The movie Evita opened in theaters in Argentina in February. Several theaters were attacked and a variety of protests were mounted. The critics of the movie were not objecting to the moral life of Madonna, the movie’s star, or to the artistic quality of the film and its music. They were protesting the movie’s some-what negative portrayal of Eva Peron.
Eva Peron was the wife of Argentine president and dictator, Juan Peron. She was first lady just six years, until her death in 1952 at the age of 33. Over forty years later she still inspires the passions of many in Argentina. She also inspired a successful American composer to write a musical about her, a musical that was a hit both on the stage and as a movie. What about Evita evokes such passion long after her death? And, more importantly, what does our interest in Evita tell us about our culture and ourselves?
Eva Peron was born in 1919, illegitimate and poor. In every way she grew up far from power and from the cultural life of Buenos Aires. She moved to the capital and used her meager talents and several alliances with influential men to develop a modest career in acting. Then she met Juan Peron, a powerful figure in the Argentine military and government, and became his mistress in 1944.
Evita soon became an important figure in the Peronist movement. She became a fiery and effective orator, captivating sometimes more than a million listeners as she spoke from the balcony of the palace called the Casa Rosada. She became a symbol of success and hope as she dressed in the elegance of Christian Dior, covered herself with jewels and bleached her hair to a golden tone. She came to have great influence on Juan Peron signaled by their marriage in 1945, to which all his advisers objected.
Yet there was more to Evita. She was not just another wife or another speaker for a fascist dictator. She used her power to help the poor. In 1949 she officially inaugurated her Foundation for the needy. Often she was in her office for seventeen hours a day meeting with poor people and granting their requests. In the first half of 1951 she “gave away twenty-five thousand houses and almost three million packages containing medicine, furniture, clothing, bicycles and toys.” She loved to give sewing machines (reminiscent of her mother who kept the family fed by sewing when Evita was young) and dentures (to enhance the dignity of the poor). She always gave more than was asked saying that she wanted to create dissatisfaction among the poor so that they would strive to escape their plight.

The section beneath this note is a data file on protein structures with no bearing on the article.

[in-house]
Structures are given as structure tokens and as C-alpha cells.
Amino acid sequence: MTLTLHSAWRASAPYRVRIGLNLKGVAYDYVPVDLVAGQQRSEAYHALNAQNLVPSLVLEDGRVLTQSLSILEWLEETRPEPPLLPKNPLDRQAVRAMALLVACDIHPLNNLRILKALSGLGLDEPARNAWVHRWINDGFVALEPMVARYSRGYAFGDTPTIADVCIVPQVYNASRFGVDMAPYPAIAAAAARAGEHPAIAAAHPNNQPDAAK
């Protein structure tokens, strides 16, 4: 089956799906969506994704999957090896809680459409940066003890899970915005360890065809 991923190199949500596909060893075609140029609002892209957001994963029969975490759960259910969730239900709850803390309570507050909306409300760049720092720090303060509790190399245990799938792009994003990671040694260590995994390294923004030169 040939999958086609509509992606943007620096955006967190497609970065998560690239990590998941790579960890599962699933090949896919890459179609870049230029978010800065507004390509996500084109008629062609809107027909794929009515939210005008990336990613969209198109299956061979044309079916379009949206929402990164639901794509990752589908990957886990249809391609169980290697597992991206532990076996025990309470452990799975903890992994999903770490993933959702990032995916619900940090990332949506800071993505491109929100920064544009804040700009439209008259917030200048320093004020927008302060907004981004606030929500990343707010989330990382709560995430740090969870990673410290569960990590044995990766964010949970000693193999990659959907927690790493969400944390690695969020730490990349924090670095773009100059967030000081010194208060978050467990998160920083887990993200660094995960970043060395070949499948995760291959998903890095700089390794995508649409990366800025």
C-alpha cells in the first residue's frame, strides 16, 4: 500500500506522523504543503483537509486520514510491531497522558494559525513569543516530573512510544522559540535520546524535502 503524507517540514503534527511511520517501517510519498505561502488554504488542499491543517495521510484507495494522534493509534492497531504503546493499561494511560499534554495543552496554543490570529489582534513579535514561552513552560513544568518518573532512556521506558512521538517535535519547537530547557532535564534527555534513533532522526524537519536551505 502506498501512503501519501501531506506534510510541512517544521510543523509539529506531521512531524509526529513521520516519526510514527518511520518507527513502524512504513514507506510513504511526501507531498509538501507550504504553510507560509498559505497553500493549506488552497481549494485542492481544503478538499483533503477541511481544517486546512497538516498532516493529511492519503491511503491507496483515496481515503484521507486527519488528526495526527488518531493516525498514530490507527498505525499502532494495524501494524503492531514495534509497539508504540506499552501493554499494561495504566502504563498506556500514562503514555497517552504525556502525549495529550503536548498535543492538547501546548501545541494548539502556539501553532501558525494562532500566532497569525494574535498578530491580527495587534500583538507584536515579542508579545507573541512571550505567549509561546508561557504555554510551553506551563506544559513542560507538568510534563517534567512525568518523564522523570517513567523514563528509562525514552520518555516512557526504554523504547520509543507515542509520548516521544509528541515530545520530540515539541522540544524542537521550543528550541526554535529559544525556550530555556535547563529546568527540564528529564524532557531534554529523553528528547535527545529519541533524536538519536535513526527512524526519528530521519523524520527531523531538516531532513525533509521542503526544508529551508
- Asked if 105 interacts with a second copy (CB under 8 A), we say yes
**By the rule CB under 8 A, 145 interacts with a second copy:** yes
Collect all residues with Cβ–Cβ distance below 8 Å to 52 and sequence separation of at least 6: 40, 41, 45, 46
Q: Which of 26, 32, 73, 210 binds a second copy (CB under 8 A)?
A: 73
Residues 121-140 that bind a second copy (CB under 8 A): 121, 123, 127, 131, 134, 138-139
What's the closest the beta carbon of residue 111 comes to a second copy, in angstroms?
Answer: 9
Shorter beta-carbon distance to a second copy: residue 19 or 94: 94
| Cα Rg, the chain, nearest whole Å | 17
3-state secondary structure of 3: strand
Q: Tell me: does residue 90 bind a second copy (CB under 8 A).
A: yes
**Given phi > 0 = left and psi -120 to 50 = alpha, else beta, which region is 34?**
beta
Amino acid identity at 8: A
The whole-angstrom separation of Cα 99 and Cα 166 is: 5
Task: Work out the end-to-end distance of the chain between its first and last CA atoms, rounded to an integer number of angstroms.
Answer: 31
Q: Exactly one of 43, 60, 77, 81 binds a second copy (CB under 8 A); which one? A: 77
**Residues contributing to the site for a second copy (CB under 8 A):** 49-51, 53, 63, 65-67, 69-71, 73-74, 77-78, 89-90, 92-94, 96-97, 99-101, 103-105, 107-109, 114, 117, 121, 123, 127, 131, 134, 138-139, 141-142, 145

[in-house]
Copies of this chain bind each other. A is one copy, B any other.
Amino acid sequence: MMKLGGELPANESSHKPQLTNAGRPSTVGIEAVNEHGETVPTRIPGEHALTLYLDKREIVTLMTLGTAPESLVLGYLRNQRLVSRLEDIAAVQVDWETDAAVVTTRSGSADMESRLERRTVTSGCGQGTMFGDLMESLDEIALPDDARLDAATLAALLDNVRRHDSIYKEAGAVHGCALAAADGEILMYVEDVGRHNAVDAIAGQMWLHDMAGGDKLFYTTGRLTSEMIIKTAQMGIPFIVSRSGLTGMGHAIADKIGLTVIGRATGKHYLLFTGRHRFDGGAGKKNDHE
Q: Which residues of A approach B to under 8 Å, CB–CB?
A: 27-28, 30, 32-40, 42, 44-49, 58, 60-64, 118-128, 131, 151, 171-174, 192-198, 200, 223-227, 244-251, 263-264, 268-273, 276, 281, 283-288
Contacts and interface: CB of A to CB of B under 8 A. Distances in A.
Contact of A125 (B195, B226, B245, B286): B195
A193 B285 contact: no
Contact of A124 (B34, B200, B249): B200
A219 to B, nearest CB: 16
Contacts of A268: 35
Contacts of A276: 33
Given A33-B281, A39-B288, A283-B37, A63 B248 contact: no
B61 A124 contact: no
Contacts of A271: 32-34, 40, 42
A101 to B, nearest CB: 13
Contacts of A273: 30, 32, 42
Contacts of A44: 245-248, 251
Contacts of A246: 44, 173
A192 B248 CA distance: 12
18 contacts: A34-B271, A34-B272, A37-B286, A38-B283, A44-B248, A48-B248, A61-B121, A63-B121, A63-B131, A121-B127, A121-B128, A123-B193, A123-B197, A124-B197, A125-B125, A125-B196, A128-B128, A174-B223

Evita’s economics may not have been good and the Peronists may have harmed the Argentine economy in a variety of ways, but her desire to help the poor was genuine. Something of that spirit is captured in the musical when Evita sings, “Don’t cry for me Argentina for I am ordinary, unimportant and undeserving of such attention—unless we all are. I think we all are.”
Her concern for the poor led many of them to call her Santa Evita, St. Evita. Many to this day have pictures of her in their homes next to a picture of the Virgin Mary. In the two years after her death, the Vatican received around 40,000 letters from Argentines claiming that they had experienced miracles through the intercession of Evita and asking the pope to declare her a saint.2 Was Evita saint or monster? Was she the mother of the poor or ruthless politician? She was probably something of each. In that way she exemplifies something of the mystery of fallen humanity -motivated and acting in ways that are an unfathomable combination of factors.